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Michelle Smith Pac-12 Women’s Basketball Feature: Second-Round Difference Makers

Mar 23, 2021
Brielle Groen /
A 5-1 start in the first round for the Pac-12 builds upon the conference’s strong NCAA Tournament starts over the past few years. Since the 2012-13 season, Pac-12 teams have gone 39-5 in NCAA Tournament openers.

Tuesday and Wednesday bring intriguing second-round and opportunities for players to step up and stand out.

Here’s a look at the potential second-round difference makers for the Pac-12 teams looking to punch a ticket to the Sweet Sixteen.

Taylor Jones, Oregon State - If the Beavers - who have won 9 of their last 11 games - are going to pull off the big upset and knock off No. 1 seed South Carolina in the second round, they will have to get another big day from Taylor Jones in order to counter the talents of Gamecocks’ All-American Aliyah Boston, who had 20 points and 18 rebounds in its first-round game. The sophomore forward from Texas finished the first-round win over Florida State with 18 points and eight rebounds. Jones has scored in double figures in seven of her last nine games, coinciding with OSU’s late-season run of success. Jones, with her 6-foot-10 wingspan, has 90 rebounds in the last eight games, including 15 and 13 rebounds respectively in the last two games the Beavers played against Stanford, the tournament’s overall No. 1 seed. She has also collected 14 blocks in her last eight games. Boston is a difficult interior matchup. Jones has the size and physicality to match up, the scoring ability to make the defense have to pay attention to the paint, leaving OSU shooters open on the perimeter, and to put OSU in position for an upset.

Haley Jones, Stanford - While senior Kiana Williams is the hometown girl with the hot shooting stroke, the versatile 6-1 sophomore guard is going to make the Cardinal a very difficult matchup for Oklahoma State. Jones is a critical facilitator for Stanford, even as her scoring has dropped off over the past few games. Jones only needed to play 16 minutes in the Cardinal’s first-round win over Utah Valley, but she finished with six points, seven assists and three rebounds. Jones, who ranks second on the team in scoring and assists and first in rebounding, has collected seven double-doubles this season in the scoring-rebounding columns and 23 assists over the last eight games. Jones led the Pac-12 in defensive rebounding this season. After missing the second half of her freshman season last year with a knee injury and losing a chance to play in the postseason, Jones’ first NCAA appearance comes on a team making a title run, and they need her in the middle of everything they do to pull it off.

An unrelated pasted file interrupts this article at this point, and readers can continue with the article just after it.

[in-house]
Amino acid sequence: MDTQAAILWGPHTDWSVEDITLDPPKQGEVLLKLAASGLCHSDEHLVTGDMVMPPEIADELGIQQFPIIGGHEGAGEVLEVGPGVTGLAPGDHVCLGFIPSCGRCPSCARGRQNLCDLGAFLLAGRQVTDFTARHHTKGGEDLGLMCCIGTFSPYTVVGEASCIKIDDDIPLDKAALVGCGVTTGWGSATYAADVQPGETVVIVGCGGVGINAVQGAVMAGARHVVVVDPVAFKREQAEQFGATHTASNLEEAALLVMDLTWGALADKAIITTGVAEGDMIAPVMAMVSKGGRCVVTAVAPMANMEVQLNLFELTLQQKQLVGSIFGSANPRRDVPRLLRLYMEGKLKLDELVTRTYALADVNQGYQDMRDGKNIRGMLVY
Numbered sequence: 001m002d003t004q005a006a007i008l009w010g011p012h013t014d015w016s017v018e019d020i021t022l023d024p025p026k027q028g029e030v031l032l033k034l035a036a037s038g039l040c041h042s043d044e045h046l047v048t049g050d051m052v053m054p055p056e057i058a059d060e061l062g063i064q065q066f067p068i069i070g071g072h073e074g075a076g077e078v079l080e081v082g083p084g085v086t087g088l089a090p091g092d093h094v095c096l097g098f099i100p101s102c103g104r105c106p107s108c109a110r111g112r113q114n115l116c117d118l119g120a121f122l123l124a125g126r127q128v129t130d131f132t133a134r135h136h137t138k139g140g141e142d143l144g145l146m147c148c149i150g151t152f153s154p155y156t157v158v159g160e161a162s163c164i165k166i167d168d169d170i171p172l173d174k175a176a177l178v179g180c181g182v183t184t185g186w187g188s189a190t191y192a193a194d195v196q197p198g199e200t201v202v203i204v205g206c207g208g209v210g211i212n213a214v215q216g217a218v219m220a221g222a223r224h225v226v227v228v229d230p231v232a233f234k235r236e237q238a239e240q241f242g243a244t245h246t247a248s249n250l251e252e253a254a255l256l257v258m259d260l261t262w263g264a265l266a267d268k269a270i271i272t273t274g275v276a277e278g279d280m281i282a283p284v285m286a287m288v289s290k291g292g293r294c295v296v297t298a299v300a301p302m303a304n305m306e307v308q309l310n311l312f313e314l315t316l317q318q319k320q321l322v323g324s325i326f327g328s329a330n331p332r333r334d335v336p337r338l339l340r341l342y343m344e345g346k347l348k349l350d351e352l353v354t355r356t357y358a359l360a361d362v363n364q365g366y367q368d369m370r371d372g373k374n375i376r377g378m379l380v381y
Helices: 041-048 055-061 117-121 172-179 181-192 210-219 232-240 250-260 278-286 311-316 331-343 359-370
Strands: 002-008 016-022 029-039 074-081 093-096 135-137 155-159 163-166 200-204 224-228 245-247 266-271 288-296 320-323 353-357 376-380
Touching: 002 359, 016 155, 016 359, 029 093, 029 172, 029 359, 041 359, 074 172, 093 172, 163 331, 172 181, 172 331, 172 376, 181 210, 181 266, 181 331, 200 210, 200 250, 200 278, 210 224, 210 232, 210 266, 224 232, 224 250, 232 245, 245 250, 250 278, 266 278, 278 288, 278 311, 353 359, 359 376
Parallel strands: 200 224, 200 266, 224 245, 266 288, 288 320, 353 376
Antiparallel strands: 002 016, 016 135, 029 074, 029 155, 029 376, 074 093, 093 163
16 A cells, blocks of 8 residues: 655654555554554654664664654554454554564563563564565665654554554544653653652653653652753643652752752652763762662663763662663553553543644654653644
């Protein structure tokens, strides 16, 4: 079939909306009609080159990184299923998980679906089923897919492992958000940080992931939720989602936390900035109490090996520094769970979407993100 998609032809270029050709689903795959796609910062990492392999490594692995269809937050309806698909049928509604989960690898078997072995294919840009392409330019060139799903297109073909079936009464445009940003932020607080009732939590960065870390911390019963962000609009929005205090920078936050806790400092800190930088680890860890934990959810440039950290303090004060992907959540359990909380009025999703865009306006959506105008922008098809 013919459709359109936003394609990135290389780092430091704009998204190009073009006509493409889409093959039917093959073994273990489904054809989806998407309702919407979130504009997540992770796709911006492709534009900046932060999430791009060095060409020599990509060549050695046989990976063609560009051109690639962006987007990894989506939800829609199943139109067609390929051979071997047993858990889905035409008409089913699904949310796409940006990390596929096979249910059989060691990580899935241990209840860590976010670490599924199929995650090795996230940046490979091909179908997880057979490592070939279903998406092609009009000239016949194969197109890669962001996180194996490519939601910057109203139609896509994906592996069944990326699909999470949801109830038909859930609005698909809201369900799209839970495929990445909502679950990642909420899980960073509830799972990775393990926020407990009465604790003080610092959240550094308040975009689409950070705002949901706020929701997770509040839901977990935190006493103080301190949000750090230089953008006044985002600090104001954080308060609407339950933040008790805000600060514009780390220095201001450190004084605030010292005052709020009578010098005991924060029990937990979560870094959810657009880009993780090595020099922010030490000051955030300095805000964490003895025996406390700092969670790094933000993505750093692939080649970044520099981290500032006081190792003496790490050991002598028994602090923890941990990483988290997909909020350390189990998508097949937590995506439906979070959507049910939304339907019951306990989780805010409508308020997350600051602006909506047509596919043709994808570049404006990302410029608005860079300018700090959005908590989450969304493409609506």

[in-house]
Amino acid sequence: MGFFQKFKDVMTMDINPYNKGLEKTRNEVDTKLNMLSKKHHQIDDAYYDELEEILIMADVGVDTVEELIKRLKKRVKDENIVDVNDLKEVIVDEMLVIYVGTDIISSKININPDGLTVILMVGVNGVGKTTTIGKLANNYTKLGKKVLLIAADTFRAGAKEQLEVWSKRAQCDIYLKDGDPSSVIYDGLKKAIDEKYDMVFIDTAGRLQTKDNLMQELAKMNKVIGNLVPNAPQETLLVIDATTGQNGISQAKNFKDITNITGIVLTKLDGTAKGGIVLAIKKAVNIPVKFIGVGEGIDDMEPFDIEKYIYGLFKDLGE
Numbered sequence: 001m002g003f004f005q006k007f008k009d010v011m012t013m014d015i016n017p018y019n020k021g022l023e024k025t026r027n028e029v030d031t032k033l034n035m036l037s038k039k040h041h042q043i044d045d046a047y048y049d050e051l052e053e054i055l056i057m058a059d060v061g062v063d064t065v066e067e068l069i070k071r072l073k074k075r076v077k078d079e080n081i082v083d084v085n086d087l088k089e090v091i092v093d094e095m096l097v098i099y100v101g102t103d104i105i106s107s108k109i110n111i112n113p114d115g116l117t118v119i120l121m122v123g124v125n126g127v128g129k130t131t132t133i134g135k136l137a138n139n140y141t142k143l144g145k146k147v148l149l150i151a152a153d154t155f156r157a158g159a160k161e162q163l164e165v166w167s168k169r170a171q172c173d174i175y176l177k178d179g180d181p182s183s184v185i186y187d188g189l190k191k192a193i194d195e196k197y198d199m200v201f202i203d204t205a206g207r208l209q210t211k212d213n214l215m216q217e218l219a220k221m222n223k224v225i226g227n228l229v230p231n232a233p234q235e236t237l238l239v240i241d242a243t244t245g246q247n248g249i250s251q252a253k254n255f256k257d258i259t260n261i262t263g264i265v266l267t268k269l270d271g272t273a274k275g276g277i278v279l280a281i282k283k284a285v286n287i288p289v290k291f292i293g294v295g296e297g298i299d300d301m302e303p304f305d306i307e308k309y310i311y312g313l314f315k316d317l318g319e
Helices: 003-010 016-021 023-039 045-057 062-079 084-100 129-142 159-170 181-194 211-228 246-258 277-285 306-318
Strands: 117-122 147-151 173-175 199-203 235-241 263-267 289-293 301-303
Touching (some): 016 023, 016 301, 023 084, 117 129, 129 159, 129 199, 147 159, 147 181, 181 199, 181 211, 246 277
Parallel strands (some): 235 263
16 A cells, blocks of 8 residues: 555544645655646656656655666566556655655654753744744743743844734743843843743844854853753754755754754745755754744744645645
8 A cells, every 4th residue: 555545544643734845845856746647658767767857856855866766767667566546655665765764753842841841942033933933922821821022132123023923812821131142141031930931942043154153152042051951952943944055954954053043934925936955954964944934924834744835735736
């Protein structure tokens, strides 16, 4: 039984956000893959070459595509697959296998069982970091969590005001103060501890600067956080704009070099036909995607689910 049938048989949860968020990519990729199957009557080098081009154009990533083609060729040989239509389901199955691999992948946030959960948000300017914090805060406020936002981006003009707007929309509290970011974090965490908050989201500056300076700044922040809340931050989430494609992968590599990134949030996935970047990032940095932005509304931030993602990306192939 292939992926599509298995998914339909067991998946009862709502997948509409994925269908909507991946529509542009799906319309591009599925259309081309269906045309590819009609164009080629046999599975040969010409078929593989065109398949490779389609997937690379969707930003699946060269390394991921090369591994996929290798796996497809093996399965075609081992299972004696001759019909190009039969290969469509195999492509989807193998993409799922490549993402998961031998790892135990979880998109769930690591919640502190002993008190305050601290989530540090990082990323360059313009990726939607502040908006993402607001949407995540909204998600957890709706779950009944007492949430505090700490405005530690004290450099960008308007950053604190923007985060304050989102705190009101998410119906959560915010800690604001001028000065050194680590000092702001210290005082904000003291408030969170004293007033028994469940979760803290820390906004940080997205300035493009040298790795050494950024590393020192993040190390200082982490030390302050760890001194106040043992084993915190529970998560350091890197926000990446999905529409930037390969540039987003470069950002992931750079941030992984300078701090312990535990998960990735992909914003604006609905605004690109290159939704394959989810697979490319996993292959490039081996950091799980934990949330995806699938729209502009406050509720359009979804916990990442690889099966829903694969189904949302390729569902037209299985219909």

Cate Reese, Arizona - The Wildcats are making their first NCAA Tournament appearance since 2005, but there were no nerves to start the first round game against Stony Brook. The 6-foot-2 junior forward finished the game with 16 points and six rebounds on 7 of 9 shooting from the floor. It was her best scoring game in more than a month and that is the kind of offensive effort that balances the contributions of Aari McDonald and makes the Wildcats so difficult to beat. Reese, who has 16 career double-doubles, is averaging 13.6 points and 7.5 rebounds a game this season.

Nyara Sabally, Oregon - The junior post has waited a long time to play in the postseason, injuries ending her past two seasons before they even started. And she is a catalyst for the good things that the Ducks can do. She can rebound, block shots, run the floor and score in the paint. Oregon, playing a big lineup to start the game against South Dakota, recaptured its momentum after its late-season stumbles with a 20-point win. Sabally has put up 17 games in double figures this season. Her 17-point, five-rebound game against South Dakota included three assists and two blocked shots and an 8 of 12 performance from the floor.

Charisma Osborne, UCLA - The sophomore point guard is the distributor of the Bruins’ offense and the tone-setter of its defense on the perimeter. Her performance in her first NCAA game on Monday night was impressive - 15 points, 10 rebounds out of the backcourt and four assists. Osborne has collected a career-high 85 assists this season and her 17.0 points a game scoring average was second on the Bruins team behind senior forward Michaela Onyenwere. Wednesday’s matchup against sixth-seeded Texas will be a battle inside with presumed No. 1 WNBA draft pick Charli Collier, and that will leave Osborne on the perimeter to stretch the offense and defense out of the paint.